Governments have turned on the big banks, leaving them to fend for themselves, in an attempt to save the voters who uphold their very existence. You see, the economies in many parts of the developed Western World have such anemic growth and are so crippled with debt, that the governments which run them can no longer protect their big banker friends. Just look at Deutsche Bank, which put up a record loss last year; the company’s share price has fallen well over 50% in the past 12 months and has reportedly shut down 1 out of every 4 of its branches. This is by far the most important bank in Germany, the undisputed economic engine of Europe. Bank losses or massively declining profits can be seen across Europe…

As banks reel under declining profits and falling stock prices, it is becoming painfully obvious that these behemoths are having difficulty making profits with interest rates at zero. Governments (through central banks) have taken interest rates negative in a desperate ploy to spark growth and increase consumers’ willingness to spend. The wake up call and where the TSX Venture comes in, occurred when negative rates went mainstream and gold started bouncing at the beginning of this year. Holding your own country’s currency in a bank has become a losing strategy. This reality is giving money managers a difficult time with bonds (which are at record highs) thereby forcing their hand to play the market.

In this, is a brave new world and equity markets are one of the last places to put your cash to work. With the U.S. markets at or near all-time highs, real estate in many North American cities also at or near all-time highs (even in the U.S.), investors are looking abroad to emerging markets, commodities and, to Canada.

According to Case-Schiller, U.S. home prices were up 5.2% in May year over year… David M. Blitzer, managing director and chairman of the Index Committee at S&P Dow Jones Indices, commented Tuesday that:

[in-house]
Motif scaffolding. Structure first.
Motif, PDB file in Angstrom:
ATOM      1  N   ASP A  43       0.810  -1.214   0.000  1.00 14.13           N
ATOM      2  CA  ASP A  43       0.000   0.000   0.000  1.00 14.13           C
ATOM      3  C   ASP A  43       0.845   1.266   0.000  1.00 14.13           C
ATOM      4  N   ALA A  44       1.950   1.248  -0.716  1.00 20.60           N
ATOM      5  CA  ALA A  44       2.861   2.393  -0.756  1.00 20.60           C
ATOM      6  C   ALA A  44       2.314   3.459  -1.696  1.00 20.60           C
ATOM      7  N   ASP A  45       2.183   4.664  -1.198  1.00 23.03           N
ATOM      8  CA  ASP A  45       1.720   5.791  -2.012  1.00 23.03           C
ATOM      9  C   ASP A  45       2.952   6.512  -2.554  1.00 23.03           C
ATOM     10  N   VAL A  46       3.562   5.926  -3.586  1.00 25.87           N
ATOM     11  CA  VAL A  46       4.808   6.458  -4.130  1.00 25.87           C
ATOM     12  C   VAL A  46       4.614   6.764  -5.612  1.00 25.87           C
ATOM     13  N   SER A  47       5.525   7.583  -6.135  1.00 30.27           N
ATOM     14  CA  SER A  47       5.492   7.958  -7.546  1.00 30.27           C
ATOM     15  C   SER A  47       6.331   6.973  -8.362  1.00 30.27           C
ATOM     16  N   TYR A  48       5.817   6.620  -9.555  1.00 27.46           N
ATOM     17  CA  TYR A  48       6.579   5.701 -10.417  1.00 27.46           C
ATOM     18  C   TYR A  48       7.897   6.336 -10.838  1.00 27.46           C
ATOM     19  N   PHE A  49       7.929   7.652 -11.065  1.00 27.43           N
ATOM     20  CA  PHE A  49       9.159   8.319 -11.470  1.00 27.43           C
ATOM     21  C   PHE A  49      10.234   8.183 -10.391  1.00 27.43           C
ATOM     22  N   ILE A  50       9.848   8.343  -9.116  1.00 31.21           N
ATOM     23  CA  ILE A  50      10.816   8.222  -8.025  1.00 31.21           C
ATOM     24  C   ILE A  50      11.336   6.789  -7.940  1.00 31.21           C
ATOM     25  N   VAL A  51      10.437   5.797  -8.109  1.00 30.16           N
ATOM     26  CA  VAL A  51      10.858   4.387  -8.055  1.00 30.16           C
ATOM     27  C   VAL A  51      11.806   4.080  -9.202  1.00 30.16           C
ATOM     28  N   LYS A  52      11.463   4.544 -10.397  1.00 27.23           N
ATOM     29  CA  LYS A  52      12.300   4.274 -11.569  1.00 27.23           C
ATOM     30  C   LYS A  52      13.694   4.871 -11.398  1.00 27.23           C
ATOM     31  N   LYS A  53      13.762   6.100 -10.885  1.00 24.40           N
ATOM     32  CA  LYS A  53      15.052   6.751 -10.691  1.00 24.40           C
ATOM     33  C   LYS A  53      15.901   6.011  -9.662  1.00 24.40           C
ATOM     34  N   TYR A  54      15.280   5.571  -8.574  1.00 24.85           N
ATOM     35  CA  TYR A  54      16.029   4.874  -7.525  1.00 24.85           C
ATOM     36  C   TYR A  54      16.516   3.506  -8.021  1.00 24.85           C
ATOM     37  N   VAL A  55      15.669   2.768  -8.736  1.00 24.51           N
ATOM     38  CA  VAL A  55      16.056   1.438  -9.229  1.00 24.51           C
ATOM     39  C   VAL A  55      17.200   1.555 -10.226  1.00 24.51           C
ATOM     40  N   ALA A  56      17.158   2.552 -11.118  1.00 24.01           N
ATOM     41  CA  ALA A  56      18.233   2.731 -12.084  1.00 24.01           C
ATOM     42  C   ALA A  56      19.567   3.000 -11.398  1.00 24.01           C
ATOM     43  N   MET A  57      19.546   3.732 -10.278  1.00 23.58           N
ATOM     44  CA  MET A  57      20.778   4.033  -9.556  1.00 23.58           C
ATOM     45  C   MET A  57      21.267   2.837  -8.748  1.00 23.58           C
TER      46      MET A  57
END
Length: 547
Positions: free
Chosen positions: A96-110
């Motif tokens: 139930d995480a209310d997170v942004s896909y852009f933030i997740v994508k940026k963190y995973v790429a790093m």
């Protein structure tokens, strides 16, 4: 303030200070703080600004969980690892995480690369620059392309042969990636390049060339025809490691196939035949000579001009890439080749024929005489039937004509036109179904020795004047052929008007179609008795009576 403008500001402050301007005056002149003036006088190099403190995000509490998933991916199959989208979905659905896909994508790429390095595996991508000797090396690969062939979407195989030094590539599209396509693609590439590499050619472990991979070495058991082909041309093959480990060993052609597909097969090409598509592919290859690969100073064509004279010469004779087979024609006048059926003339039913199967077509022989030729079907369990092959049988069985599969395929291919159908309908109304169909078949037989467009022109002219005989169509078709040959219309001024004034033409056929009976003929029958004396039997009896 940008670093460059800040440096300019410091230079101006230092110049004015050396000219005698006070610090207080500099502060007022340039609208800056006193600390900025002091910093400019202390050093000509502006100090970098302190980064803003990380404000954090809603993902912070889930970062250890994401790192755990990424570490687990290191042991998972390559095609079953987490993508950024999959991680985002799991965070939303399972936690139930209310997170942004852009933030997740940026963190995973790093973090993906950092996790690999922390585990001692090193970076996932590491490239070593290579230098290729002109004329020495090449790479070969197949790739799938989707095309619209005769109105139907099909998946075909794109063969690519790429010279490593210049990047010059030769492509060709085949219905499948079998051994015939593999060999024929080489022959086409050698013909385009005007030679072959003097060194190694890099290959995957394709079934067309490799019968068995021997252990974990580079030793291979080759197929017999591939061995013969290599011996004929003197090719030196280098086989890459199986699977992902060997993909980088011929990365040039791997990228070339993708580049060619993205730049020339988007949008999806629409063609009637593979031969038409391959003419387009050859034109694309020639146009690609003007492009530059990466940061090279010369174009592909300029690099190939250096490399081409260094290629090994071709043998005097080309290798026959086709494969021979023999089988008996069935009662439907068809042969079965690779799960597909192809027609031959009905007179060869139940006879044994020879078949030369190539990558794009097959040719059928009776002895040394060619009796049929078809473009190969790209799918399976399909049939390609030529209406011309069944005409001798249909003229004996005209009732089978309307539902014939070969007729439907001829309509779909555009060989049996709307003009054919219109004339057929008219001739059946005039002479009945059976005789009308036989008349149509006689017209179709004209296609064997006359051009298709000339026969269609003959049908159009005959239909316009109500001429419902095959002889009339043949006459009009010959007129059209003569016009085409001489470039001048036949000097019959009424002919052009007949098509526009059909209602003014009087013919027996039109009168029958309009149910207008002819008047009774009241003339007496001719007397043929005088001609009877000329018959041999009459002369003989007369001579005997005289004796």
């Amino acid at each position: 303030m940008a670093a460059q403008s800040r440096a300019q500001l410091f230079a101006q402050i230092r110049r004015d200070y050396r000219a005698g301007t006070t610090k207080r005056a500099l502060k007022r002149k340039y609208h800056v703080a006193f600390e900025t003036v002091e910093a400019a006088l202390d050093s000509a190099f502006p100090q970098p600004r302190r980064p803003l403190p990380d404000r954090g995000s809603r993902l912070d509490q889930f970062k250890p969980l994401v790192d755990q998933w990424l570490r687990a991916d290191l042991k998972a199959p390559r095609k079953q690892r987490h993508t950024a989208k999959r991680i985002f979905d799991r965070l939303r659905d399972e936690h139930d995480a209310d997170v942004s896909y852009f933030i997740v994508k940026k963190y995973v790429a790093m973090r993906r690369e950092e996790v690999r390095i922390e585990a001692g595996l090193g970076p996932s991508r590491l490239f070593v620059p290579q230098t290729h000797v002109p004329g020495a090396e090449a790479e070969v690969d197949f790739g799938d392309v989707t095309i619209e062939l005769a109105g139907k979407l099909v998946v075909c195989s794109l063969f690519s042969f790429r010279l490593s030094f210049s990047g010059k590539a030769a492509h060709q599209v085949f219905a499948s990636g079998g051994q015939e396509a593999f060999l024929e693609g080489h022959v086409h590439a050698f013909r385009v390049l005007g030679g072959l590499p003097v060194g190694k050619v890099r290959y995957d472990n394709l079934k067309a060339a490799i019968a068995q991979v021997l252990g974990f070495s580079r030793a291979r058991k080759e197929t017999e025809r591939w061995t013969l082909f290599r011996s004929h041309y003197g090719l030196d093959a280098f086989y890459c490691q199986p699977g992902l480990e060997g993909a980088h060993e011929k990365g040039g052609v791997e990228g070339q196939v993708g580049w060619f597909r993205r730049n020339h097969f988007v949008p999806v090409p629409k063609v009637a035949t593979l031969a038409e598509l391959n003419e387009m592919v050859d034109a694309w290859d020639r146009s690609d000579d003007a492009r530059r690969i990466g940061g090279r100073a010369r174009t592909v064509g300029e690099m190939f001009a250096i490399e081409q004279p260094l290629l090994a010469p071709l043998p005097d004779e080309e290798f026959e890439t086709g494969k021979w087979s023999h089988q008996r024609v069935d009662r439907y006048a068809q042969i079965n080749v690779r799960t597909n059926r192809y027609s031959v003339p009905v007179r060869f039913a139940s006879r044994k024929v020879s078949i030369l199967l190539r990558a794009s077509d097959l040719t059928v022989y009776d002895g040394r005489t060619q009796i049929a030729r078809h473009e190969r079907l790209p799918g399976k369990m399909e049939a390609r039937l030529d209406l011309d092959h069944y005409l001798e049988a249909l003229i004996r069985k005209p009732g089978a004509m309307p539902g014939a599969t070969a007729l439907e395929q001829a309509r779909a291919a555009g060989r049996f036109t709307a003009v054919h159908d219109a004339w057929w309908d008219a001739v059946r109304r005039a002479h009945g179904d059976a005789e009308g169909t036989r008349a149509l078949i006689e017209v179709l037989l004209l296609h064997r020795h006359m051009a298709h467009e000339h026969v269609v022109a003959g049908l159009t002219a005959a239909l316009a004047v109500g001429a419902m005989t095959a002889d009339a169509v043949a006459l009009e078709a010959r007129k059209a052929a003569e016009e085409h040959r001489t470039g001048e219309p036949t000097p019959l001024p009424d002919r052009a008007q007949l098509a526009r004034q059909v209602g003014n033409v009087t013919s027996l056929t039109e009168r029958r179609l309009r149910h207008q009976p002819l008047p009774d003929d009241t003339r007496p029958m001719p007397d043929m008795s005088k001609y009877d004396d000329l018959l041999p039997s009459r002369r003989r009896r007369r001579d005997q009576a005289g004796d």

“Overall, housing is doing quite well. In addition to strong prices, sales of existing homes reached the highest monthly level since 2007 as construction of new homes showed continuing gains.”


This is despite wages remaining stagnant and a record 94,708,000 Americans reportedly not in the labor force in May. With the labor force participation rate at 62.6%, near its 38-year low, one has to wonder why house prices continue to gain.

Emerging Global Advisors’ (EGA) latest Emerging Markets (EM) Investor Sentiment Survey shows sentiment increased 28% from 538 in the first quarter of 2016 to 687 in the second quarter of 2016,according to WealthAdvisor.

Note: Scores range from 0 (most negative) to 1,000 (most positive).

This is a significant increase and one I believe is the beginning of a trend as investors across the developed world put their money to work in international and emerging markets to escape weak growth at home. In particular, this could be good news for Canadian stocks as U.S. investors, bolstered by a strong U.S. dollar look north to invest for yield.

This is perhaps a key reason the TSX has outperformed so many indices around the world in 2016. Despite oil continuing to languish in the low-$40s, the TSX is approaching a 1-year high and has been on fire in 2016.

TSX – 5 Year Chart


TSX Venture outperforms TSX amid negative rates

The TSX Venture, not the TSX or any other exchange, has been the best-performing exchange throughout the world thus far in 2016. The world’s junior resource exchange is up well over 50% and on pace to have its best year since… 2009 or 2010. While the Venture closed near its high of the day at 770 – Venture stocks are likely poised for continued gains in 2016.

Negative rates have given pause to a world searching for yield and has refocused many investors on more risky emerging markets along with precious metals and commodities. Look at the demand for gold to back ETFs and the rush of physical buyers following Brexit if you want proof. It is hard image an exchange or country that could potentially benefit more from this emerging trend than Canada, the TSX Venture, and its vast resource sector.


This article represents solely the opinions of Alexander Smith. Alexander Smith is not an investment advisor and any reference to specific securities in the list referred to in the article does not constitute a recommendation thereof. Readers are encouraged to consult their investment advisors prior to making any investment decisions. The information in this article is of an impersonal nature and should not be construed as individualized advice or investment recommendations.